You can find a thousand taualuga siva on YouTube these days, and while I applaud the effort of lovely Samoan dancers world wide, not a lot of these performances are really great. (C’mon now… you all know it’s true)…

A few years ago, however, I found a badly recorded video of one girl and was thoroughly impressed with her dancing…. enough to enthusiastically blog about it, even.

I was delighted when, a couple months ago, I came across a more recent, better quality recording of this same girl. Check it out:

Her name, the video title says, is Saumala’ulu Edlina Toilolo, and her moves are so… old school. They remind me of my mother and both my grandmothers. Watch her hands and legs and you can imagine daily activities of village life – the pounding and wringing of clothes at the river, the picking of flowers to make ula, playing kilikiki in the malae – and she executes these actions so gracefully and with the gentle confidence you’d expect of a Samoan princess.

From the bits and pieces I’ve read about her (mostly in the YouTube comments), apparently she comes from a family that has cultivated and preserved this particular style of siva – which I love, because these days…? Well…

How about we talk first about what I like to call the “Miss Samoa” effect. Hear me out:

Although I’m not a fan of beauty pageants in general, I love that Miss Samoa is another vehicle for the preservation of our language and culture. It is especially useful as an educational tool because, since yonks ago – at least since the early 90s – the pageant has been filmed and distributed amongst Samoans all over the world.

For a lot of us, especially outside of Samoa (and to a large extent even in Samoa), gone are the days when learning to siva was a regular part of our weekly routines. I cherish the memories I have of my mom and aunt mocking my “ka_ko” legs and stiff arms as I tried my hardest to execute an elegant kamo’e… because I didn’t get to train with them very often.

It’s understandable, then, that Miss Samoa and its recordings would take the place of our mothers, grandmothers and village experts in teaching our newer generations the taualuga siva. And we should be grateful for it, because without the pageant, so many of us would never have the opportunity to learn.

Studying Samoan siva from these videos, though, comes with a price.

The “Miss Samoa” effect is when you go to a wedding and recognize the floor show as Miss Samoa’s 2003 ma’ulu’ulu performance.

It’s when the stunning – and very um contemporary – personal style of the faafafige who choreographed Miss Samoa NZ’s 1998 pageant has gone viral – you see her signature slow-flick-slow movement on just about every girl these days.

It’s when you churn through video after YouTube video of perfectly choreographed taualuga siva with no soul – no grace. No true joy. No real understanding of what it means to celebrate your people and culture with every fiber in your body.

My mom always tells me that dancing is not a shopping list of actions to perform. Real Samoan dancing is a feeling. It starts somewhere deep inside your veins and can’t be contained. Your movements are memories – of our beloved homeland and family, of our ancestors, of watching our elders celebrate – and they are as graceful and structured as they are involuntary.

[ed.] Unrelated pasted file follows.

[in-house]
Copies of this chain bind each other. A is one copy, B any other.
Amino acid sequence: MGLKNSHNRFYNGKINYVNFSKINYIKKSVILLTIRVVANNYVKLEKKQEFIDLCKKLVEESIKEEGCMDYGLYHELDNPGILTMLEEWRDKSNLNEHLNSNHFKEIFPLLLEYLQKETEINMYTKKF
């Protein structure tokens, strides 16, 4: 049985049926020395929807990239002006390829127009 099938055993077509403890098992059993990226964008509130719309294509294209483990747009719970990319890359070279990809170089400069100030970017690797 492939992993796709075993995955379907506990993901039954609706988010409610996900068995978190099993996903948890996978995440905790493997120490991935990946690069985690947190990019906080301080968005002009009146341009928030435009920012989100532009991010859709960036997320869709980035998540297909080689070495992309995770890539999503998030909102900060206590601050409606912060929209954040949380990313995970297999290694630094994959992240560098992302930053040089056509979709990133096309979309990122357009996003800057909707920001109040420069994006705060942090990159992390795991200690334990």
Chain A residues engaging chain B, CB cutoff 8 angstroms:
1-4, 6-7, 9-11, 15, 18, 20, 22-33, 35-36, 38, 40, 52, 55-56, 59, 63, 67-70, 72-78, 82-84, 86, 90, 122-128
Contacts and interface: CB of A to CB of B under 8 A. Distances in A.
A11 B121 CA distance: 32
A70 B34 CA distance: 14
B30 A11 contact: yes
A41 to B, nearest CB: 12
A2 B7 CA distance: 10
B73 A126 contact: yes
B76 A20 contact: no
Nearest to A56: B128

See, now, that’s what I feel from Ms Toilolo’s dancing up there.

In the comments of my last blog post about her, someone said her actions were copied from Miss American Samoa 2002, Lupe Aumavae. Hmmmm… I don’t know about all that. Let’s have a look and see.

Here’s Ms Aumavae’s performance at the 2002 Miss South Pacific pageant, which she also won.

The dancing starts at 5.12:

Okay that really is stunning, I have to admit. Very nice, Ms Aumavae.

But if Ms Toilolo copied from Ms Aumavae, then she chose the right Miss Samoa to mimic because Ms Aumavae’s actions could just as easily have been copied from many moms and grandmothers – like I said before, this style is old school. Breathtakingly, beautifully old school.

Remember how it’s not about the actions anyway? I’ve seen girls use similar movements with all the grace of a robot.

Whereas the last time we saw my grandmother dance before she passed away, I counted three actions: 1. Her hands spread out to the sides like the wings of a bird… 2. One hand cupped in front of her – palm up – as if to show off the beauty of her other, outstretched arm… 3. Her hands in fists, one raised in front of her, the other at her side, as if she was squeezing the oar of an outrigger canoe.

That was all. Just the three poses as she carefully balanced herself on her frail old legs. But the power she wielded in those simple, subtle movements, brought so many of us in the room to tears. That’s something that can’t be taught no matter who you copy.

It’s something that can only be felt, somewhere deep inside a Samoan soul.


Please post your favourite YouTube taualuga performances in a comment below, and tell us why you like them so much.